Winter road will be carved through northern Manitoba to get supplies to Churchill
Hope to start preparing makeshift ice road around Christmas and start hauling in January
A scheme is in the works to build a temporary winter road to Churchill so food, fuel and other supplies can be delivered in the absence of train service.
The plan, which has been in talks since June, is to use specialized machinery to drive the materials 275 kilometres from Gillam to the northern town on the shore of Hudson Bay.
"We have all the approvals in place, so this is a go. This is a made-in-Manitoba solution to assist in getting this resolved in a short-term way while everybody else sorts out what's going to be happening with the rail," said Mark Kohaykewych, president of Polar Industries, a transportation company that is one of three groups behind the plan.
"Right now, this is all based on private funding, so we're kind of on a shoestring budget with this thing [and] we're going to be limited on how many loads we can take in because of that," Kohaykewych said.
"But we're hoping that the province will step up and maybe work with us on this thing and increase efficiency with some funding on it."
The hope is to start preparing the makeshift ice road around Christmas and start hauling things in January. The frost levels need to be deep enough to support the heavy equipment.
The journey is expected to take about 20-30 hours one way, through bush and tundra, said Kohaykewych, whose company specializes in remote regions and has been featured on History Channel's Ice Road Truckers.
On that show, however, the company uses semi-trailer trucks on well-defined ice roads. Time won't allow that type of road construction to be completed on the Gillam-Churchill path.
Instead, it will be traversed by machinery fitted with caterpillar tracks, the type of treads used on tanks and construction equipment, or with massive tires like those on tundra buggies. The machinery will pull enormous sleighs loaded with the supplies.
"This is a primitive form that was used in the '70s by many companies to transport goods to remote communities and we're going to go back to that, pulling cat-trains and sleighs into Churchill," Kohaykewych said.
Materials will be shipped by truck from Winnipeg and other locations to Gillam. From there, the supplies will be shifted to the cat-trains and sleighs.
"It's going to be quite an experience. Some of the locals have done this [route] by snowmobile before and we're kind of utilizing their expertise," Kohaykewych said.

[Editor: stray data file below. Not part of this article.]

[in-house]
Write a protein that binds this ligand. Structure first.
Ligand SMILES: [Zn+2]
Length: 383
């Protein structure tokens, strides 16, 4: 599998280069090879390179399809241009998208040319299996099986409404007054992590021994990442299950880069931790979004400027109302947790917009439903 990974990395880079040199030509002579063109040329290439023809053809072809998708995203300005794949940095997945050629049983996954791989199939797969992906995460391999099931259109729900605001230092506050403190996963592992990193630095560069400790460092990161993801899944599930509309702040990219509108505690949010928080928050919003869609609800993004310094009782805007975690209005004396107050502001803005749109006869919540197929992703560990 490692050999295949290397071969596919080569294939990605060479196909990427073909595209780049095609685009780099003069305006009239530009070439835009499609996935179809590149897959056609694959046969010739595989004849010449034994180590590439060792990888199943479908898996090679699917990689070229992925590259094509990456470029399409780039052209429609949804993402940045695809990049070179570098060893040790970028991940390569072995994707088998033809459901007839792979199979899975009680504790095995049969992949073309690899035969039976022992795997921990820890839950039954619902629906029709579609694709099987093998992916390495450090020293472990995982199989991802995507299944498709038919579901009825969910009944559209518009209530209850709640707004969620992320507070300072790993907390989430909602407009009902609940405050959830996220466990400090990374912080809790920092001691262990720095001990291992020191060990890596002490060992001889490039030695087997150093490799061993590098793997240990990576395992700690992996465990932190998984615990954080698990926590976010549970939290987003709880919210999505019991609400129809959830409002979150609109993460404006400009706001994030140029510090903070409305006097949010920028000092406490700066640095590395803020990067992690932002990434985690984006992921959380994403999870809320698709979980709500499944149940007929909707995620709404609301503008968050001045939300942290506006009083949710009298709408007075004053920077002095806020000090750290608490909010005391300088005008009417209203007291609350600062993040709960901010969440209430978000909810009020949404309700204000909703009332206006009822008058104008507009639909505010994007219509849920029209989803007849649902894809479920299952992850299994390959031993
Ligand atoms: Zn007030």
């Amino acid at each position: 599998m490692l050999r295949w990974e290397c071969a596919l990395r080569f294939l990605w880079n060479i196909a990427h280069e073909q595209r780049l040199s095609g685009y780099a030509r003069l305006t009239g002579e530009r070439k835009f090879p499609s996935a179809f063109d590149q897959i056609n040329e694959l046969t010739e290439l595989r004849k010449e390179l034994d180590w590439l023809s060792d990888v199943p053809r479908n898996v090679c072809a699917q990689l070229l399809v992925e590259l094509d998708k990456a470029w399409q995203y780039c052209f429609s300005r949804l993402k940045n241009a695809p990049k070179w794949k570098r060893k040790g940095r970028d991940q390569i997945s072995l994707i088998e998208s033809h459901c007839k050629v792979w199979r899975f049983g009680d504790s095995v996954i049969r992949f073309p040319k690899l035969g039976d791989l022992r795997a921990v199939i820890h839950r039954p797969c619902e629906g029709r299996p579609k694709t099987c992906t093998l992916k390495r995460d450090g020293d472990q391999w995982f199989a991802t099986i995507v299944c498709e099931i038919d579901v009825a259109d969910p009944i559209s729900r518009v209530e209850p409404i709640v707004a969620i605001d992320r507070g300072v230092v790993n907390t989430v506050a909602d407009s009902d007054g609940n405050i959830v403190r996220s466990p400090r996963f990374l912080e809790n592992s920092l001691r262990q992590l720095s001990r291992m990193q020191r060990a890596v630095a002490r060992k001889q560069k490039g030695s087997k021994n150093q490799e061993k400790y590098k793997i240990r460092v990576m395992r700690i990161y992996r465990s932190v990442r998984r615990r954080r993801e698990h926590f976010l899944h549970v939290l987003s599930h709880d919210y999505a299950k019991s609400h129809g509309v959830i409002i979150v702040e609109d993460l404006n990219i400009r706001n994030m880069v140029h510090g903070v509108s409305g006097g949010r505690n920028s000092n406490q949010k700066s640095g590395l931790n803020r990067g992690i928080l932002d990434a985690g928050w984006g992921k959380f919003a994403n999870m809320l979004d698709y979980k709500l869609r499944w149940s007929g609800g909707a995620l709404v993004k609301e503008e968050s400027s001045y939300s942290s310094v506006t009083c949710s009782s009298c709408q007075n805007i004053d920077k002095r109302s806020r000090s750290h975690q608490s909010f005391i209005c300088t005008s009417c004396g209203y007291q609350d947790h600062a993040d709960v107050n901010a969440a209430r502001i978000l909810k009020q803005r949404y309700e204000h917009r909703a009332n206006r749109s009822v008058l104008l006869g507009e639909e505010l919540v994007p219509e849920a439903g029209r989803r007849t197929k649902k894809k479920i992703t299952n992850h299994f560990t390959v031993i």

The first few loads will be about 13,000-20,000 pounds, but if it's a "good, cold winter with minimal snow conditions" and the path gets packed nicely, that weight could be increased to possibly 80,000 pounds, he said.
"This isn't your weekend snowmobile [trek]. This is survival skills, you know, prepare for the worst. You're isolated. It's not like you can pick up a cellphone and somebody can be there in a couple of hours," Kohaykewych said.
"This isn't new to us. Our drivers, our staff, we're faced with these conditions when we go on the ice roads all the time."
Kohaykewych said the group did a "preliminary release" of their plan on Thursday and has already been contacted by several people.
"We have seen quite a number of phone calls and quite a number of individuals from Churchill — and actually from across Canada — that are looking to have their products moved into Churchill," he said.
Remi Foubert-Allen, owner of Remote Area Service, hopes the necessity for the road will only be for one winter.
"It could very well be a multi-year solution but as a resident of Churchill I hope it does not come to that. The rail line is our lifeline and I hope to see waves of smiling tourists stepping off of it for summer of 2018," he said.
Repairs to the track, which links the town to Winnipeg 1,000 kilometres to the south, are expected to take place soon.
Severe flooding washed out the line in May. Since then, food prices have soared and businesses have been forced to lay off staff as goods and materials usually shipped by freight are flown into the community at a much higher cost.
A four-litre jug of milk sells for more than $10 in Churchill right now, while a brick of cheese run for about $18, Foubert-Allen said.
"So the goal here is to really try and bring down the costs for the community," he said.
While doing so, it is critical the transportation crews remain as safe as possible, Foubert-Allen said, adding that when it's all over, there should be "no trace [on the environment] that we were ever there."
The federal government has demanded Omnitrax, the rail line's private owner, make the repairs or face an $18.8-million lawsuit — the amount Transport Canada contributed for upgrades to the line.
The contract that came with the money stated Omnitrax had to assume full responsibility for the operation, maintenance and repair of the rail line until October 2018.
Earlier this week, the company released a report offering an emergency repair in the next month.
The 30-day fix would cost $5 million to $10 million but provide only modest service between Thompson and Churchill.